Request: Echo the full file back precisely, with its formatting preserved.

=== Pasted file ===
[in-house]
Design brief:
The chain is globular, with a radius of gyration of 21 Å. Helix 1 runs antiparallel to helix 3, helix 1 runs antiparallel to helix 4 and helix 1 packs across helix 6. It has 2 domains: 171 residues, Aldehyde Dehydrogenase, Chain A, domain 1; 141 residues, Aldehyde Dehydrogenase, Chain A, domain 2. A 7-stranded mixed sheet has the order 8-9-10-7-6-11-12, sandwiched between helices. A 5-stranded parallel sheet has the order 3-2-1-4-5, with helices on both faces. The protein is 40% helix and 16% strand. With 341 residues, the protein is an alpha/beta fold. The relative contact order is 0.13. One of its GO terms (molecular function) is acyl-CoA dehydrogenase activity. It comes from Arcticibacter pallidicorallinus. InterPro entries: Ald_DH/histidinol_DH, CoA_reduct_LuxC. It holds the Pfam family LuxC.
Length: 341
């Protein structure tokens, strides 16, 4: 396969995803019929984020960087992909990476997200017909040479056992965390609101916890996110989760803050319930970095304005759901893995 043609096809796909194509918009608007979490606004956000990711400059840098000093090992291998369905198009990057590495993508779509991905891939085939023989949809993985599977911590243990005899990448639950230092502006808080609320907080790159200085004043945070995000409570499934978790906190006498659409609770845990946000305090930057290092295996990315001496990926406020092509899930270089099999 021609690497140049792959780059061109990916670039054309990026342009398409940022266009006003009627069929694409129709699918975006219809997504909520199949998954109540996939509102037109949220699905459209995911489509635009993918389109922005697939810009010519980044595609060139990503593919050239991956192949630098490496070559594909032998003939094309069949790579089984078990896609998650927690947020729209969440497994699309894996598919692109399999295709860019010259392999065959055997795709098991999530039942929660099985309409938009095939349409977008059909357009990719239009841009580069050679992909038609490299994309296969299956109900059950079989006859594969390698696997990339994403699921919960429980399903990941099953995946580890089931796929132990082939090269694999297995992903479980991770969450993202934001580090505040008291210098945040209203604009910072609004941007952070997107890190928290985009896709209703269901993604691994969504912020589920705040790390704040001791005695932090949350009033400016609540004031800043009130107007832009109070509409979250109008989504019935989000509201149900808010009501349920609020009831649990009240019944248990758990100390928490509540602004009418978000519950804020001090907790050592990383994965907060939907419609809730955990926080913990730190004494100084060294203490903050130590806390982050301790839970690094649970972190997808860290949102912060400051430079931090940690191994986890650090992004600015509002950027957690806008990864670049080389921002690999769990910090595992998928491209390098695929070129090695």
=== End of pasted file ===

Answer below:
[in-house]
Design brief:
The chain is globular, with a radius of gyration of 21 Å. Helix 1 runs antiparallel to helix 3, helix 1 runs antiparallel to helix 4 and helix 1 packs across helix 6. It has 2 domains: 171 residues, Aldehyde Dehydrogenase, Chain A, domain 1; 141 residues, Aldehyde Dehydrogenase, Chain A, domain 2. A 7-stranded mixed sheet has the order 8-9-10-7-6-11-12, sandwiched between helices. A 5-stranded parallel sheet has the order 3-2-1-4-5, with helices on both faces. The protein is 40% helix and 16% strand. With 341 residues, the protein is an alpha/beta fold. The relative contact order is 0.13. One of its GO terms (molecular function) is acyl-CoA dehydrogenase activity. It comes from Arcticibacter pallidicorallinus. InterPro entries: Ald_DH/histidinol_DH, CoA_reduct_LuxC. It holds the Pfam family LuxC.
Length: 341
């Protein structure tokens, strides 16, 4: 396969995803019929984020960087992909990476997200017909040479056992965390609101916890996110989760803050319930970095304005759901893995 043609096809796909194509918009608007979490606004956000990711400059840098000093090992291998369905198009990057590495993508779509991905891939085939023989949809993985599977911590243990005899990448639950230092502006808080609320907080790159200085004043945070995000409570499934978790906190006498659409609770845990946000305090930057290092295996990315001496990926406020092509899930270089099999 021609690497140049792959780059061109990916670039054309990026342009398409940022266009006003009627069929694409129709699918975006219809997504909520199949998954109540996939509102037109949220699905459209995911489509635009993918389109922005697939810009010519980044595609060139990503593919050239991956192949630098490496070559594909032998003939094309069949790579089984078990896609998650927690947020729209969440497994699309894996598919692109399999295709860019010259392999065959055997795709098991999530039942929660099985309409938009095939349409977008059909357009990719239009841009580069050679992909038609490299994309296969299956109900059950079989006859594969390698696997990339994403699921919960429980399903990941099953995946580890089931796929132990082939090269694999297995992903479980991770969450993202934001580090505040008291210098945040209203604009910072609004941007952070997107890190928290985009896709209703269901993604691994969504912020589920705040790390704040001791005695932090949350009033400016609540004031800043009130107007832009109070509409979250109008989504019935989000509201149900808010009501349920609020009831649990009240019944248990758990100390928490509540602004009418978000519950804020001090907790050592990383994965907060939907419609809730955990926080913990730190004494100084060294203490903050130590806390982050301790839970690094649970972190997808860290949102912060400051430079931090940690191994986890650090992004600015509002950027957690806008990864670049080389921002690999769990910090595992998928491209390098695929070129090695």